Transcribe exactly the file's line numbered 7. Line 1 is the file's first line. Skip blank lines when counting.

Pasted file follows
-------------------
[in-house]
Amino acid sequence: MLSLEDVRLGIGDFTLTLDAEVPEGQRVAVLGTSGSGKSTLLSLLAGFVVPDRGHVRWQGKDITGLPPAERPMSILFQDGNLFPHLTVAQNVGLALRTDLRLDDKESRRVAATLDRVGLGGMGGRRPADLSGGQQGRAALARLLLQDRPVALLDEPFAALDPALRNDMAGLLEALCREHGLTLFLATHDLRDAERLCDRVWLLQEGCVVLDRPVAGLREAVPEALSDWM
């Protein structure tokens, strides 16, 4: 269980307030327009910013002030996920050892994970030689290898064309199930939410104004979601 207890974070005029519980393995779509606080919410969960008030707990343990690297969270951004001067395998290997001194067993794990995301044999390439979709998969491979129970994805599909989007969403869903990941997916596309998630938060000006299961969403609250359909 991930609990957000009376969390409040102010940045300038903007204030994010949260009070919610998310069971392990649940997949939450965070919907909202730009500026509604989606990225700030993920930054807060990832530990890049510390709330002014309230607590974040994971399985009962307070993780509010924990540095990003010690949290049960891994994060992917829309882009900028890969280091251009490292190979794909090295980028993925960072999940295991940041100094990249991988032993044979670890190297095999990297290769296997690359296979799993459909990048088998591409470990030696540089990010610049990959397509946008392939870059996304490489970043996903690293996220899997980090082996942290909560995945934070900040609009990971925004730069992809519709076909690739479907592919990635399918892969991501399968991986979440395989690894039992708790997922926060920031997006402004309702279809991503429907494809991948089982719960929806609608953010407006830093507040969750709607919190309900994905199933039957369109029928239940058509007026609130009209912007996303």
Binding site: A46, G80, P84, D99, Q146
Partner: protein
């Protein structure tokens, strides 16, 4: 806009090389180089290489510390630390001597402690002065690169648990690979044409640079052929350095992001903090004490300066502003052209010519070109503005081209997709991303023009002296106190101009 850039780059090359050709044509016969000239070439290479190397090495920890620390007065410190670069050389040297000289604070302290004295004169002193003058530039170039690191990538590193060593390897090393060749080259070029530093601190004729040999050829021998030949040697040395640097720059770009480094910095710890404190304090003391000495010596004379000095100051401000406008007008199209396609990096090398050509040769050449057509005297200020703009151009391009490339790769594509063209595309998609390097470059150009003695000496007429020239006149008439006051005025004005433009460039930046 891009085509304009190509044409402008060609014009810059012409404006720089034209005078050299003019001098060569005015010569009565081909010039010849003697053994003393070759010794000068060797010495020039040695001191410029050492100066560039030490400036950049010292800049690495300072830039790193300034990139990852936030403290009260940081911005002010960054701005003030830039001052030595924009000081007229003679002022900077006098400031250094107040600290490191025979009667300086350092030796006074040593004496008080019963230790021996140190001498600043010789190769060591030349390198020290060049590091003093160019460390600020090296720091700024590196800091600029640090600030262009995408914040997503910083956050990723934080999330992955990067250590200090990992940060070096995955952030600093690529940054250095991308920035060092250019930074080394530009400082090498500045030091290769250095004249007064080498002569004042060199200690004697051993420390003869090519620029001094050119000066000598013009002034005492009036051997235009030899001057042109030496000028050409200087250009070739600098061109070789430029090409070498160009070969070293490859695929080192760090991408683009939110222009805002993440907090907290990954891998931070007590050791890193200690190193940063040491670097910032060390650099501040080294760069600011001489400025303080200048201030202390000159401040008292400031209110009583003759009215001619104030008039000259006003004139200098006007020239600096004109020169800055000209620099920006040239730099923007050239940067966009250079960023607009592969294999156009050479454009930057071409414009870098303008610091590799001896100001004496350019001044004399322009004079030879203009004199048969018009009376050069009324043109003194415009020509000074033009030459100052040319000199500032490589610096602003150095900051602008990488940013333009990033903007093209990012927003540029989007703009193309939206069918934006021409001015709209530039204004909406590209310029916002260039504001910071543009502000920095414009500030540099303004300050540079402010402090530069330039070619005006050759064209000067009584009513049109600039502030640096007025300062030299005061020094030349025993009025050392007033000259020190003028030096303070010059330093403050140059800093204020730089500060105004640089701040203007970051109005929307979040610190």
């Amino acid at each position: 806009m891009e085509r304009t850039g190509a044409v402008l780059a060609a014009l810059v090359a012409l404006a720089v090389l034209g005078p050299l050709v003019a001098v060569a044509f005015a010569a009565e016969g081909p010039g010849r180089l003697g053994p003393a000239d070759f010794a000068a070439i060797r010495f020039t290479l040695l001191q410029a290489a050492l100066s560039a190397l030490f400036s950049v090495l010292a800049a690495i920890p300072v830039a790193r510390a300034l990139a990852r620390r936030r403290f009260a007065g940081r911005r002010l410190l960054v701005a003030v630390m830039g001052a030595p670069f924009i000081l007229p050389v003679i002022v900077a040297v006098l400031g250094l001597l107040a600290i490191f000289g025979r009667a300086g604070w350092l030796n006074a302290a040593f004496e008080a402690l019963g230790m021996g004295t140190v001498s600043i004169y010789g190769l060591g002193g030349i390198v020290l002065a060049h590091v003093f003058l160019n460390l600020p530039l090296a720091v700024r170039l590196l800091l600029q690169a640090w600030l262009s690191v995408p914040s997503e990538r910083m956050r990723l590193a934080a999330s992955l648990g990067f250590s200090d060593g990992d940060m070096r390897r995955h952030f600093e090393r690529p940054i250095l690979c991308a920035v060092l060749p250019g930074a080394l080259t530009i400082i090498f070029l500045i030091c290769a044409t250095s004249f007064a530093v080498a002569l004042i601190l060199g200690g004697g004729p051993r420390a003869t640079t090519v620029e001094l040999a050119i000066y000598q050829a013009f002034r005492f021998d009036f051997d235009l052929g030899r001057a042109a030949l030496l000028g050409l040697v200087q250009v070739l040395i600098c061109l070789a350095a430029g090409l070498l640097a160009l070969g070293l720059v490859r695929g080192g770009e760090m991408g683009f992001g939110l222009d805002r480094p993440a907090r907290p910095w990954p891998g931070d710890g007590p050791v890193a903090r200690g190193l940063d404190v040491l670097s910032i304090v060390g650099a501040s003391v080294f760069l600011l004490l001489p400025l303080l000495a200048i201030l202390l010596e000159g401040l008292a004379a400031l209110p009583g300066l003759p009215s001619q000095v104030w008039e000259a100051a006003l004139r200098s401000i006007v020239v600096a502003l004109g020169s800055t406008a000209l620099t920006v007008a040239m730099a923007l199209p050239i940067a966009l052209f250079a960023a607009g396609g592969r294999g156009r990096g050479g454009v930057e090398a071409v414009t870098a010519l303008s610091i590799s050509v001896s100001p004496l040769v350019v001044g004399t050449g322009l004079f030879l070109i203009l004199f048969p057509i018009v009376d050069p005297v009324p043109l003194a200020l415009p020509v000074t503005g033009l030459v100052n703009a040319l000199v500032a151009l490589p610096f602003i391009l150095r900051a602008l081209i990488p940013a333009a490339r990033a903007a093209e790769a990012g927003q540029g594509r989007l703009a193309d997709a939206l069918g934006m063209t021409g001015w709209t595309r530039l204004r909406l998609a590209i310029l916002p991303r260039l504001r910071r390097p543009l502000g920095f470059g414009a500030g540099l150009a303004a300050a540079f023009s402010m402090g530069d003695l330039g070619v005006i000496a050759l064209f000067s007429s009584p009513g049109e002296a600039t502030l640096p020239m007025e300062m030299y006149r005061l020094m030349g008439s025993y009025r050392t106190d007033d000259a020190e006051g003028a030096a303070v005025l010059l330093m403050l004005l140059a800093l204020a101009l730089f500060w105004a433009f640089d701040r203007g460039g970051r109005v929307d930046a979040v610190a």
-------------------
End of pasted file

């Amino acid at each position: 806009m891009e085509r304009t850039g190509a044409v402008l780059a060609a014009l810059v090359a012409l404006a720089v090389l034209g005078p050299l050709v003019a001098v060569a044509f005015a010569a009565e016969g081909p010039g010849r180089l003697g053994p003393a000239d070759f010794a000068a070439i060797r010495f020039t290479l040695l001191q410029a290489a050492l100066s560039a190397l030490f400036s950049v090495l010292a800049a690495i920890p300072v830039a790193r510390a300034l990139a990852r620390r936030r403290f009260a007065g940081r911005r002010l410190l960054v701005a003030v630390m830039g001052a030595p670069f924009i000081l007229p050389v003679i002022v900077a040297v006098l400031g250094l001597l107040a600290i490191f000289g025979r009667a300086g604070w350092l030796n006074a302290a040593f004496e008080a402690l019963g230790m021996g004295t140190v001498s600043i004169y010789g190769l060591g002193g030349i390198v020290l002065a060049h590091v003093f003058l160019n460390l600020p530039l090296a720091v700024r170039l590196l800091l600029q690169a640090w600030l262009s690191v995408p914040s997503e990538r910083m956050r990723l590193a934080a999330s992955l648990g990067f250590s200090d060593g990992d940060m070096r390897r995955h952030f600093e090393r690529p940054i250095l690979c991308a920035v060092l060749p250019g930074a080394l080259t530009i400082i090498f070029l500045i030091c290769a044409t250095s004249f007064a530093v080498a002569l004042i601190l060199g200690g004697g004729p051993r420390a003869t640079t090519v620029e001094l040999a050119i000066y000598q050829a013009f002034r005492f021998d009036f051997d235009l052929g030899r001057a042109a030949l030496l000028g050409l040697v200087q250009v070739l040395i600098c061109l070789a350095a430029g090409l070498l640097a160009l070969g070293l720059v490859r695929g080192g770009e760090m991408g683009f992001g939110l222009d805002r480094p993440a907090r907290p910095w990954p891998g931070d710890g007590p050791v890193a903090r200690g190193l940063d404190v040491l670097s910032i304090v060390g650099a501040s003391v080294f760069l600011l004490l001489p400025l303080l000495a200048i201030l202390l010596e000159g401040l008292a004379a400031l209110p009583g300066l003759p009215s001619q000095v104030w008039e000259a100051a006003l004139r200098s401000i006007v020239v600096a502003l004109g020169s800055t406008a000209l620099t920006v007008a040239m730099a923007l199209p050239i940067a966009l052209f250079a960023a607009g396609g592969r294999g156009r990096g050479g454009v930057e090398a071409v414009t870098a010519l303008s610091i590799s050509v001896s100001p004496l040769v350019v001044g004399t050449g322009l004079f030879l070109i203009l004199f048969p057509i018009v009376d050069p005297v009324p043109l003194a200020l415009p020509v000074t503005g033009l030459v100052n703009a040319l000199v500032a151009l490589p610096f602003i391009l150095r900051a602008l081209i990488p940013a333009a490339r990033a903007a093209e790769a990012g927003q540029g594509r989007l703009a193309d997709a939206l069918g934006m063209t021409g001015w709209t595309r530039l204004r909406l998609a590209i310029l916002p991303r260039l504001r910071r390097p543009l502000g920095f470059g414009a500030g540099l150009a303004a300050a540079f023009s402010m402090g530069d003695l330039g070619v005006i000496a050759l064209f000067s007429s009584p009513g049109e002296a600039t502030l640096p020239m007025e300062m030299y006149r005061l020094m030349g008439s025993y009025r050392t106190d007033d000259a020190e006051g003028a030096a303070v005025l010059l330093m403050l004005l140059a800093l204020a101009l730089f500060w105004a433009f640089d701040r203007g460039g970051r109005v929307d930046a979040v610190a």